ESPN Layoffs: Jayson Stark & Trent Dilfer Among Several Big Names Let Go By Sports Giant – Update

By David Lieberman, Erik Pedersen


UPDATED, 4:50 PM: Longtime baseball guy Jayson Stark and veteran NFL analysts Ed Werder and Trent Dilfer are among the dozens of on-air talent and writers laid off by ESPN today. Also out are such familiar names as NHL analyst Scott Burnside, legal analyst Roger Cossack and Dodgers reporter Doug Padilla, along with SportsCenter anchors Jade McCarthy, Jaymee Sire, Chris Hassel, Jay Crawford and Darren Hayes. ESPN did not release a list people who were laid off — including several with more than a decade on the job — but many of them tweeted about their exit. See a partial list of layoffs at the bottom of this post.

PREVIOUSLY, 6:15 AM: ESPN confirmed that there’ll be a new round of layoffs today that one source says could hit about 100 of the company’s roughly 1,000 public facing on-air announcers and dot-com writers.

No one has been identified yet. These disclosures likely will trickle out once the people affected are told.

“A necessary component of managing change involves constantly evaluating how we best utilize all of our resources, and that sometimes involves difficult decisions,” ESPN President John Skipper says in a memo to staffers.

Changes in ESPN content must “go further, faster…and as always, must be efficient and nimble,” he says. That means “we have been engaged in the challenging process of determining the talent—anchors, analysts, reporters, writers and those who handle play-by-play—necessary to meet those demands. We will implement changes in our talent lineup this week. A limited number of other positions will also be affected and a handful of new jobs will be posted to fill various needs.”

ESPN said in March that the layoffs announced today were a possibility.

So far this year sports viewing on Disney networks is down about 4%, Pivotal Research Group’s Brian Wieser noted this week.

But commentary shows such as ESPN’s SportsCenter have been especially hard hit as fans increasingly find the latest scores and video clips on their smart phones. ESPN’s commentary shows are down 16% so far this year, the analyst says.

Disney reported ESPN’s ad sales fell 7% in the last three months of 2016, while programming and production costs grew.  Some of that was due to the shifting mix of games in the quarter vs. the previous year.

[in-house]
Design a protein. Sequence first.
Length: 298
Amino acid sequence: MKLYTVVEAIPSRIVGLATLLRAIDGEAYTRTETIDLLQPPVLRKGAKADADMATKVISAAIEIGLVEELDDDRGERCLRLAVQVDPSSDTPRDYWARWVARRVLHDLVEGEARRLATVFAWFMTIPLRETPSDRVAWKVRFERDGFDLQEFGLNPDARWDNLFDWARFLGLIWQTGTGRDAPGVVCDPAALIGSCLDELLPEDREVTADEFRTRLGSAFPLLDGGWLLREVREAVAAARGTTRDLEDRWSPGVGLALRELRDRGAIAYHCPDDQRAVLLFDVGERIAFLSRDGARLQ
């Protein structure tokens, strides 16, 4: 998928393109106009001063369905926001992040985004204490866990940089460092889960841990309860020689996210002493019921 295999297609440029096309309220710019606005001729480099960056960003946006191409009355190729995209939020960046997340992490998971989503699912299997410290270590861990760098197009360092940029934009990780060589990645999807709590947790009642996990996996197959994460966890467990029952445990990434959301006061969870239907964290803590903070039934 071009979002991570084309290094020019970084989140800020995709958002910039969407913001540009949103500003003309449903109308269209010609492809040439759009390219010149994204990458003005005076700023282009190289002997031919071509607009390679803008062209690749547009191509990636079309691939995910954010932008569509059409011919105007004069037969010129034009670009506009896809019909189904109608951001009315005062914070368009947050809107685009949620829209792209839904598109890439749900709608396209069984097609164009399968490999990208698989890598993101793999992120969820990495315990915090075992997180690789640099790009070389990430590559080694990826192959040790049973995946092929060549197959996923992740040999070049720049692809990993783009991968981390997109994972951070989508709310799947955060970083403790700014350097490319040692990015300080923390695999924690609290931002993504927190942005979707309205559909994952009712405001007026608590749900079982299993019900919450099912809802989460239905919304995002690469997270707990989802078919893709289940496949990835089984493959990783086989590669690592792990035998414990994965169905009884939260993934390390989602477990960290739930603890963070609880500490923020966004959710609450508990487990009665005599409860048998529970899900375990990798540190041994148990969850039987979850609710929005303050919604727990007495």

Costs will continue to rise, however, as the company absorbs the higher price of its new NBA rights deal.

The company plans to launch an ESPN-branded direct-to-consumer streaming service later this year with niche sports events it doesn’t offer to pay TV customers.

“The most important thing for ESPN is to continue to support and nurture their program offerings,” CEO Bob Iger told analysts in February. “Second to that, you have to be willing to either create or experience some disruption as we migrate from what has been a more traditionally distributed world to a more modern or more non-traditional distribution world. And some of that we’re going to end up doing to ourselves, meaning we understand that there is disruption, but we believe we have to be a disruptor, too.”

Here is a partial list of on-air talent and/or writers who were laid off today, at least those who tweeted about it:

Jade McCarthy (SportsCenter anchor)
Jaymee Sire (SportsCenter anchor)
Chris Hassel (SportsCenter anchor)
Jay Crawford (SportsCenter anchor)
Darren Hayes (SportsCenter anchor)
Jayson Star (baseball)
Jim Bowden (baseball)
Mark Saxon (baseball)
Trent Dilfer (NFL)
Ed Werter (NFL)
Jarrett Bell (NFL)
Ashley Fox (NFL)
Paul Kuharsky (NFL)
Jean-Jacques Taylor (NFL)
Justin Verrier (NBA)
Ethan Strauss (NBA)
Calvin Watkins (NBA)
Scott Burnside (NHL)
Pierre LeBrun (NHL)
Joe McDonald (NHL)
Greg Ostendorf (college football)
Brett McMurphy (college football)
Austin Ward (college football)
Jesse Temple (college football)
Brian Bennett (college football)
Max Olson (college football)
Ted Miller (college football)
David Ching (college football)
C.L. Brown (college basketball)
Derek Tyson (college football recruiting)
Jeremy Crabtree (college football recruiting)
Eamonn Brennan (college basketball)
Len Elmore (college basketball)
Dana O’Neil (college basketball)
Chantel Jennings (college sports)
Mike Goodman (soccer)
Robin Lundberg (radio host)
Danny Kanell (radio host)
Dottie Pepper (golf)
Marysol Castro (boxing)
Jane McManus (ESPNW)
Brendan Fitzgerald (ESPNU)
Roger Cossack (legal analyst)
Jerry Punch (auto racing, etc.)
Dave Tuley (sports betting writer)
Rufus Peabody (predictive analyst)
Johnette Howard (columnist)
Melissa Isaacson (columnist)
Tom Farrey (reporter)
Reese Waters (correspondent)


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